Published on Monday, January 12, 2004 by The Progressive
O'Neill, Powell Expose the Iraq Ruse
by Matthew Rothschild
The credibility of the Bush Administration's Iraq policy took several hits in the last few days.
First, there was the "WMD in Iraq" report from the Carnegie Endowment for International Peace, which concludes: "Administration officials systematically misrepresented the threat" that Iraq posed.
Point by point, this report refutes the Administration's rationales and dissects its distortions.
Here are a few of the findings: "Iraq's nuclear program had been dismantled and there was no convincing evidence of its reconstitution."
"Iraqi nerve agents had lost most of their lethality as early as1991." (Italics in original.)
"There was and is no solid evidence of a cooperative relationship between Saddam's government and Al Qaeda."
"There was no evidence to support the claim that Iraq would have transferred WMD to Al Qaeda, and much evidence to counter it."
"The intelligence community began to be unduly influenced by policymakers' views sometime in 2002."
As damaging as this report was to Bush, more blows were to follow.
Colin Powell began to come clean, saying on January 8, "I have not seen smoking-gun, concrete evidence about the connection" between Saddam Hussein and Al Qaeda. Contrast that, as The New York Times did, with what Powell said at the United Nations in February 2002: "Iraqi officials deny accusations of ties with Al Qaeda. These denials are simply not credible."
It's a little late for candor from the Secretary of State, who did his part in hoodwinking the American people.
Also tardy but telling is the revelation from Bush's former Treasury Secretary Paul O'Neill, who told Lesley Stahl of 60 Minutes that Bush always wanted to find a way to get rid of Saddam Hussein, though Bush claimed that September 11 is what initiated the move. "From the very beginning, there was a conviction that Saddam Hussein was a bad person and that he needed to go," O'Neill said.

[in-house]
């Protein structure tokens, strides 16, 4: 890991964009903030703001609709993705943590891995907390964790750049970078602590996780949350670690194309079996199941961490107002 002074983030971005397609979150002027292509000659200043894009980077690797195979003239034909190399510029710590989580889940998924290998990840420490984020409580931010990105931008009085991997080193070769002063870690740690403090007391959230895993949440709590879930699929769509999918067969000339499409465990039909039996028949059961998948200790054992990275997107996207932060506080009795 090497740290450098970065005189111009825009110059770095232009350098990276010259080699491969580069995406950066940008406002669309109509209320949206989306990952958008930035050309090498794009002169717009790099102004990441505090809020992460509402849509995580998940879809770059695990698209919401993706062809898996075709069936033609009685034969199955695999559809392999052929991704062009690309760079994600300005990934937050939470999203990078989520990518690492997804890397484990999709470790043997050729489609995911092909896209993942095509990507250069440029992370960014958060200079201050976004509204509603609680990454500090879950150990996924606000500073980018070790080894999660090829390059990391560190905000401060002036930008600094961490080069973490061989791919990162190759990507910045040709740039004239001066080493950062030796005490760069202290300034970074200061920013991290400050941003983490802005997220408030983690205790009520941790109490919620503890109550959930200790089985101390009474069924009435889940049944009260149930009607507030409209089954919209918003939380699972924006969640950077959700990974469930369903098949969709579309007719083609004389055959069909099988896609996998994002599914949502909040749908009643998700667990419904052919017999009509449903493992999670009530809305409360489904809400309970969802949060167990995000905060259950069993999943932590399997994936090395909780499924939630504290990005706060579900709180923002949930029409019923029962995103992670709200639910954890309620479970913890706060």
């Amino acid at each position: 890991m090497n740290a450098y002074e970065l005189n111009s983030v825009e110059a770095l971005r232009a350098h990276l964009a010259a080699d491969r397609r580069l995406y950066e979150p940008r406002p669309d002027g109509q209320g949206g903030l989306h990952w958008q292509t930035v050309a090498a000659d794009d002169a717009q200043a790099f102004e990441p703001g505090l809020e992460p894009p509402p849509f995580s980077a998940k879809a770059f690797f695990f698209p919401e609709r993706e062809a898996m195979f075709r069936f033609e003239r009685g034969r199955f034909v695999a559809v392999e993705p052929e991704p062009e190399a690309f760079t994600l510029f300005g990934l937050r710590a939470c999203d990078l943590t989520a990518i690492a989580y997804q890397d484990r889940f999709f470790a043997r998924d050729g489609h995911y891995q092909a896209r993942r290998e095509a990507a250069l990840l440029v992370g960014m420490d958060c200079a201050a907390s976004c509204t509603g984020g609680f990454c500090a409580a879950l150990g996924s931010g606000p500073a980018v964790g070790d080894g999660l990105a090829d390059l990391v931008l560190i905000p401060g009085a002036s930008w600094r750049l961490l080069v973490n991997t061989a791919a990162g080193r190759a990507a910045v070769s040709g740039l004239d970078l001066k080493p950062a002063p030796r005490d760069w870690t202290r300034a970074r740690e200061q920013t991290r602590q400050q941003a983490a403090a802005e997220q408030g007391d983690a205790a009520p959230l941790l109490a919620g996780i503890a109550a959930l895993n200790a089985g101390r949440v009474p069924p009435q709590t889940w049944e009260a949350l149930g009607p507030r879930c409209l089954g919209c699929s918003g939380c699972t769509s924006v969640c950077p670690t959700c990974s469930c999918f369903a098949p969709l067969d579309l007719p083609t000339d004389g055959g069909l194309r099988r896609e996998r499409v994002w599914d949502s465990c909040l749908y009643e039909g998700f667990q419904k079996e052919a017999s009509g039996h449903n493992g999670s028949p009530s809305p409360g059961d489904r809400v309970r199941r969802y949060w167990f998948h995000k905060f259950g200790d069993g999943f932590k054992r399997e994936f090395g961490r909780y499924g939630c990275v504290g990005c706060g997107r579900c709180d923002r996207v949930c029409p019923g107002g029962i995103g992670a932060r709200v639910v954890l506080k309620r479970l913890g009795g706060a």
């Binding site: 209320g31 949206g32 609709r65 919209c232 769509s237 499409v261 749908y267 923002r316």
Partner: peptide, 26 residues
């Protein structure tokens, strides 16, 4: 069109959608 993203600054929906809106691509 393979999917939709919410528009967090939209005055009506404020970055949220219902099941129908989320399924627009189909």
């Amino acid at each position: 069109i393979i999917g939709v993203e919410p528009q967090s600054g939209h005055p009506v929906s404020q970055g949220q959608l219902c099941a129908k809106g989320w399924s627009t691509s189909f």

O'Neill is also quoted in a new book as saying that the National Security Council failed to question Bush on this. "It was all about finding a way to do it," O'Neill says in Ron Suskind's The Price of Loyalty, according to CBS. "That was the tone of it," O'Neill continued. "The President saying, 'Go find me a way to do this.' "
These revelations should not come as a surprise, however.
Bush's obsession with going to war against Iraq was never about Saddam's alleged weapons of mass destruction or his alleged ties to Al Qaeda. Instead, it was about Bush's desire to "finish the job" that his dad left incomplete; to control the oil of Iraq, which has the second-largest reserves in the world; to vanquish an enemy of U.S. ally Israel; to flex American muscle; and to act on what the President considers his divinely inspired mission to rid the world of evil.
For these ulterior motives, 500 U.S. soldiers have been killed and thousands more injured. Bush's false-pretenses war has also killed between 7,900 and 9,800 Iraqi civilians and wounded 20,000 more, according to iraqbodycount.net. And it is draining our treasury, depriving us of funds for the social programs that are so vitally needed in this country to feed the hungry, house the homeless, and provide health care for all Americans.
Bush has a lot of explaining to do.
Copyright 2004 the Progressive